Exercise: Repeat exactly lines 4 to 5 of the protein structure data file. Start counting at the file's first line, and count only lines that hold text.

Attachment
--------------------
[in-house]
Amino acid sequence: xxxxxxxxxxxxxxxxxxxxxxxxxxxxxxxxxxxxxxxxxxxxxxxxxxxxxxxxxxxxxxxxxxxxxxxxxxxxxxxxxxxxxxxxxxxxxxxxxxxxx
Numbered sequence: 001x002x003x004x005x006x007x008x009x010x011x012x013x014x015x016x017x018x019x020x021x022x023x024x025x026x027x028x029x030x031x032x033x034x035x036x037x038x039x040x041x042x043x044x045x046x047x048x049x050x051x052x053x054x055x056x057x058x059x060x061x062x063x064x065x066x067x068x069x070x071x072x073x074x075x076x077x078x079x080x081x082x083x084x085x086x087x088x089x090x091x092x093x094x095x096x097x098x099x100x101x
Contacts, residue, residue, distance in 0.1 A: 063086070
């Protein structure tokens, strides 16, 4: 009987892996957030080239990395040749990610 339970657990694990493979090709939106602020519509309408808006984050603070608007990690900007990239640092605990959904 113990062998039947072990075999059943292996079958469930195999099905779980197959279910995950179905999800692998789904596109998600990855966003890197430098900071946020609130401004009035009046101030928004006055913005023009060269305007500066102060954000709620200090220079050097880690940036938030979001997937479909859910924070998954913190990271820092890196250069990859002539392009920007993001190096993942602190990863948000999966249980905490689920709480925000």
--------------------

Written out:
Contacts, residue, residue, distance in 0.1 A: 063086070
């Protein structure tokens, strides 16, 4: 009987892996957030080239990395040749990610 339970657990694990493979090709939106602020519509309408808006984050603070608007990690900007990239640092605990959904 113990062998039947072990075999059943292996079958469930195999099905779980197959279910995950179905999800692998789904596109998600990855966003890197430098900071946020609130401004009035009046101030928004006055913005023009060269305007500066102060954000709620200090220079050097880690940036938030979001997937479909859910924070998954913190990271820092890196250069990859002539392009920007993001190096993942602190990863948000999966249980905490689920709480925000």